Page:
Irish PM Micheál Martin announcing the new measures, Source:

Ireland updates reopening plan amid frustration

Ireland updates reopening plan amid frustration

Nightclubs reopening, removal of wedding guest caps, antigen testing, Covid-19 pass requirement indoors, and continued mask-wearing are among the changes

The highly transmissible Delta variant has forced the Irish government to make last-minute changes to its COVID-19: Reframing the Challenge, Continuing Our Recovery & Reconnecting plan. Under the plan to gradually reopen the economy and society, most of the pandemic restrictions were due to be lifted from Friday, 22 October, including attendance caps, mask wearing, physical distancing and self-isolation.

Cautious easing of restrictions

However, increasing infection rates in recent weeks along with hospitalisations and ICU admissions have prompted the National Public Health Emergency Team (NPHET) to suggest fully retaining the protective measures and wide implementation of the EU Digital COVID Certificate (Covid-19 pass).

Announcing the changes yesterday, the government assured that it is not going back on its plans to reopen the country, crediting the “hard work and exceptional support of the Irish people for the Vaccination Programme”. As of 18 October, 7 285 321 people or 88.21 percent of the eligible population have been fully vaccinated.

Enhanced role for antigen testing, end to mandatory hotel quarantine

Protective measures coming in force on 22 October:

  • People presenting with Covid-19 symptoms will still have to self-isolate and take a Covid test. The mandatory hotel quarantine system is no longer deemed necessary. Close contacts of people who have tested positive will no longer have to isolate until they are tested. If they are fully vaccinated, they will receive a rapid antigen test by mail, and if it comes back positive, a follow up PCR test will be required to confirm the result.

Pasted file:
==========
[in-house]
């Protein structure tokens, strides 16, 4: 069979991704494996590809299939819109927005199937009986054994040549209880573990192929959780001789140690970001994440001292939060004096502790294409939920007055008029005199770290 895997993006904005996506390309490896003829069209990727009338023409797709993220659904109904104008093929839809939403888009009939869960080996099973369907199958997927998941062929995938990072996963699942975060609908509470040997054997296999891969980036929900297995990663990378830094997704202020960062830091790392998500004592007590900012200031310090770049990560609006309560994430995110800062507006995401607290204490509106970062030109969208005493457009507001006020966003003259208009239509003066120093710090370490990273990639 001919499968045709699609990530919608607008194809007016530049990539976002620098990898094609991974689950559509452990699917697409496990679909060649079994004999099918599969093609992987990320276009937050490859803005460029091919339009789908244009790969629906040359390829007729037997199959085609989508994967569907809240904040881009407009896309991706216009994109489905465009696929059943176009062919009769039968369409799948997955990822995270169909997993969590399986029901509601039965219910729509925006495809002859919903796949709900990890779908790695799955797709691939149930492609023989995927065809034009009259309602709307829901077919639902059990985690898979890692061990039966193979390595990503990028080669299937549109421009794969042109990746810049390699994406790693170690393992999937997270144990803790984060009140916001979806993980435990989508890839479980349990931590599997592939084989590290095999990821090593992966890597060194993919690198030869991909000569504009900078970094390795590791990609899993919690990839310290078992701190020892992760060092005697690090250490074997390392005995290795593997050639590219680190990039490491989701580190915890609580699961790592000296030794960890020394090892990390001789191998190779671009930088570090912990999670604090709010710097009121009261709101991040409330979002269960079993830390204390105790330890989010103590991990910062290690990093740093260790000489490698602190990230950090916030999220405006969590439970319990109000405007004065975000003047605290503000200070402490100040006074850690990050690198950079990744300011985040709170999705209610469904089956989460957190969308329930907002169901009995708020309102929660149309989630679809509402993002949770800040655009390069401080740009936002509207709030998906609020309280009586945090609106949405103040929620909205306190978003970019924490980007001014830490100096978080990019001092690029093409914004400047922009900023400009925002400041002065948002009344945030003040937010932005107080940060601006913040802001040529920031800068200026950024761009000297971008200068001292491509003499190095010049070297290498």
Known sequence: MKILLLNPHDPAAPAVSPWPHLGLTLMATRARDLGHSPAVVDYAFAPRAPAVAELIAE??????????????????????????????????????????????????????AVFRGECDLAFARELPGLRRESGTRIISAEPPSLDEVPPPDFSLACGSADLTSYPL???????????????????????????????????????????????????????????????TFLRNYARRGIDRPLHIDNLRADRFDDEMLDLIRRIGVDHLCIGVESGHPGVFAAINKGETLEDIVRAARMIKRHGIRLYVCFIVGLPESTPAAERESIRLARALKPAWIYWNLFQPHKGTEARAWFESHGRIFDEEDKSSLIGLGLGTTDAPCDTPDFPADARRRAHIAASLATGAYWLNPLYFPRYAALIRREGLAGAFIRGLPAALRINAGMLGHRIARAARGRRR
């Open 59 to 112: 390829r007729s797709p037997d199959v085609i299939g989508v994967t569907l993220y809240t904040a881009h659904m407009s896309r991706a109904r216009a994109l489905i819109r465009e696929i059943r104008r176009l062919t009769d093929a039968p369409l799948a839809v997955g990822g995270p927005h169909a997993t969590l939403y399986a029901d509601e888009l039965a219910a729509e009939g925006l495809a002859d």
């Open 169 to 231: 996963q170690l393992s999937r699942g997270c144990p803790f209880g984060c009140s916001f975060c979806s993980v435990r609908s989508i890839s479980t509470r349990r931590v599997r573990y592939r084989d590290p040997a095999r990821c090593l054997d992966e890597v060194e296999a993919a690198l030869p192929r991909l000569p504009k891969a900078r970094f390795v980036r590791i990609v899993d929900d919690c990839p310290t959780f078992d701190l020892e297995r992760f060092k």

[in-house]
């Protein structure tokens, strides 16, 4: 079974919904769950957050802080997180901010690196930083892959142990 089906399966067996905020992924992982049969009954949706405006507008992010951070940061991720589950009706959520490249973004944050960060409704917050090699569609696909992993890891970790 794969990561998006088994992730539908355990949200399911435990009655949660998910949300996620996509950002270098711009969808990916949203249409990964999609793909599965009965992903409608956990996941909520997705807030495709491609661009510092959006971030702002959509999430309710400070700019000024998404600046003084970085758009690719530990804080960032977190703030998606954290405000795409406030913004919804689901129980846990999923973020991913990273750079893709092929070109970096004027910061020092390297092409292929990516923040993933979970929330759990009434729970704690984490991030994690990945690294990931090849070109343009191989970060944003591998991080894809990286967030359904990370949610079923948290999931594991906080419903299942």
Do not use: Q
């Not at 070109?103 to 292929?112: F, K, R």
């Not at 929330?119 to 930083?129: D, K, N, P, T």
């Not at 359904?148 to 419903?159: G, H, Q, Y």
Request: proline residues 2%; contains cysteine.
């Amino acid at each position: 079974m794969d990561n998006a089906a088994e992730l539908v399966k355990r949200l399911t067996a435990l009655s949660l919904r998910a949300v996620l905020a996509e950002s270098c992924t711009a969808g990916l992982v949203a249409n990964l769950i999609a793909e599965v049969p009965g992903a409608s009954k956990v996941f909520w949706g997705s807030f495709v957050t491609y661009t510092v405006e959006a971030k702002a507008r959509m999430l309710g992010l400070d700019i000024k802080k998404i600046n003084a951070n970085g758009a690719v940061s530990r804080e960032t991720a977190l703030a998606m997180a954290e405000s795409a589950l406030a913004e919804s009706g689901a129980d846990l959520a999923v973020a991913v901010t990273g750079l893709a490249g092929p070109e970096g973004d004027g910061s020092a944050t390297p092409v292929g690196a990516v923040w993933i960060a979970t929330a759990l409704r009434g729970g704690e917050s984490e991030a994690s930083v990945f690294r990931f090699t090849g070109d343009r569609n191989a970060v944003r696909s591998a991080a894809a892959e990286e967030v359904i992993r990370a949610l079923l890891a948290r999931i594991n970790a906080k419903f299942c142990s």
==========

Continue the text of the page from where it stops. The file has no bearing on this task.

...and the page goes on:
• EU Digital COVID Certificate (Covid-19 pass), proving vaccination or recovery, is required for indoor hospitality and events.
  • People are obliged to wear face masks in indoor settings and on public transport. Face coverings can be removed for consumption of food or drinks.
  • Nightclubs reopen in a fully-seated capacity and under a specific sectoral guidance regarding protective measures. This will involve COVID-19 passes, contact tracing data collection and wearing of face masks except when eating, drinking and dancing.
  • Bars and restaurants resume normal operating hours. Table service is only allowed with a maximum of 10 adults sitting per table (max 15 if there are children in the group).
  • For indoor live music, drama, live entertainment and sporting events audience/spectators should be fully seated (standing permitted at your seat).
  • Outdoor events, including sporting events, proceed at full capacity with no caps and COVID-19 passes requirement.  However, sectors should take care of appropriate protective measures.
  • No capacity caps on indoor and outdoor group activities, but organizers should put appropriate protective measures in place. Where vaccinated and unvaccinated people mix indoors, pods of 6 should apply.
  • Religious services and weddings can proceed without capacity limits but with all other protective measures intact.
  • Return to workplaces will continue on a “phased and cautious basis”.
  • Physical distancing will continue to be required.
  • Vaccine booster doses will be offered to people aged 60 and over. 

Taoiseach (Prime Minister) Micheál Martin said the measures will stay in place until February 2022.

Confusion with the new measures

The opposition has described the new government measures as rather chaotic, pointing to the lack of ventilation guidelines (and special air-conditioning filters) for schools, among others.  

Later today, officials are expected to resume deliberations on the new enforcement measures and guidelines for nightclubs and live venues. The government has made it clear that current compliance with the Covid pass requirement in hospitality is insufficient. One in three clients says they have not been checked for possession of a Covid pass upon entry.

There is a lot of frustration in the live music sector with the partial reopening plan. Angela Dorgan, the Chief Executive of First Music Contact, told RTÉ's Prime Time that members cannot make "head nor tail" as to why nightclubs will be allowed to operate with fewer constraints than live venues.



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